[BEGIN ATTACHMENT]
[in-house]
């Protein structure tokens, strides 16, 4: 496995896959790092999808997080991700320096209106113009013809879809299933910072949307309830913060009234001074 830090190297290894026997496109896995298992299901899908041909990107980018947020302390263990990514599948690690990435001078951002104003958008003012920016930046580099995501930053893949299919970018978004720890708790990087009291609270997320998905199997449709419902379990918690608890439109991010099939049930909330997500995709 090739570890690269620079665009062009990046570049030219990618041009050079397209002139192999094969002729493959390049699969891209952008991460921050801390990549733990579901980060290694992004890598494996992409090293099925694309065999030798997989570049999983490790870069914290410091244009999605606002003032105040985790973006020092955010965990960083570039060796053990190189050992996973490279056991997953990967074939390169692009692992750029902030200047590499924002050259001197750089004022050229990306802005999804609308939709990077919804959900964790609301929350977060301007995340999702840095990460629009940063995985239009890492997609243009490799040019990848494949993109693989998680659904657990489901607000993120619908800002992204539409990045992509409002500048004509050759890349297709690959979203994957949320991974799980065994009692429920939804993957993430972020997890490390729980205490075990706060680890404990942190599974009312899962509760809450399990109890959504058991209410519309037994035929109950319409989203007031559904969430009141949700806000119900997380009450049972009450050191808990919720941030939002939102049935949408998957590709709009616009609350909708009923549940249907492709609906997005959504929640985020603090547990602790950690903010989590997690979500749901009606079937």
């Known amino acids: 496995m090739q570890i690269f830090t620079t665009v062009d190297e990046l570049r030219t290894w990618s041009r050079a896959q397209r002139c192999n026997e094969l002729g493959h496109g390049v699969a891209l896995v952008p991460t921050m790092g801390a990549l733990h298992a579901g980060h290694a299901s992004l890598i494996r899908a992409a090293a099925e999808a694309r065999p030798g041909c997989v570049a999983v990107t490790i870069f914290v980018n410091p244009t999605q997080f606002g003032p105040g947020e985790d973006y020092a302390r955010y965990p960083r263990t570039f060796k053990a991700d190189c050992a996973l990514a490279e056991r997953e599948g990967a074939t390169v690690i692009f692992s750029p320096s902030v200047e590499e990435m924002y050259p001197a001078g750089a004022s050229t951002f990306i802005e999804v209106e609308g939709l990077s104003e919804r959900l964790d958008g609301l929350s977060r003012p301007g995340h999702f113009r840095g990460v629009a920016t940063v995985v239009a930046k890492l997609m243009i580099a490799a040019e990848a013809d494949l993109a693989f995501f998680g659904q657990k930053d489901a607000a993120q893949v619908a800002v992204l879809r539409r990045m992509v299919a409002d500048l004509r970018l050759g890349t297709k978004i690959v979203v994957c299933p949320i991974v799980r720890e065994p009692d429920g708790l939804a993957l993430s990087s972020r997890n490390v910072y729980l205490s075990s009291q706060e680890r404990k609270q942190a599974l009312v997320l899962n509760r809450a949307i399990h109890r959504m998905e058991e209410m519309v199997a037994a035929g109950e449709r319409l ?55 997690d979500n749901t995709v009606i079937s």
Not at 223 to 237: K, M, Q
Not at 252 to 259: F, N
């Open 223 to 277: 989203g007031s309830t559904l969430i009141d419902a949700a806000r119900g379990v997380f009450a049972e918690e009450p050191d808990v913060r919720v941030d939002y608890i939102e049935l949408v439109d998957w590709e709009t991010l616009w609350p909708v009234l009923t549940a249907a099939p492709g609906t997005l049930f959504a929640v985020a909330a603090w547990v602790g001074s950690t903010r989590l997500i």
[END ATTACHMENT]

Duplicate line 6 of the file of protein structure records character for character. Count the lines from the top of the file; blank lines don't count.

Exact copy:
């Open 223 to 277: 989203g007031s309830t559904l969430i009141d419902a949700a806000r119900g379990v997380f009450a049972e918690e009450p050191d808990v913060r919720v941030d939002y608890i939102e049935l949408v439109d998957w590709e709009t991010l616009w609350p909708v009234l009923t549940a249907a099939p492709g609906t997005l049930f959504a929640v985020a909330a603090w547990v602790g001074s950690t903010r989590l997500i």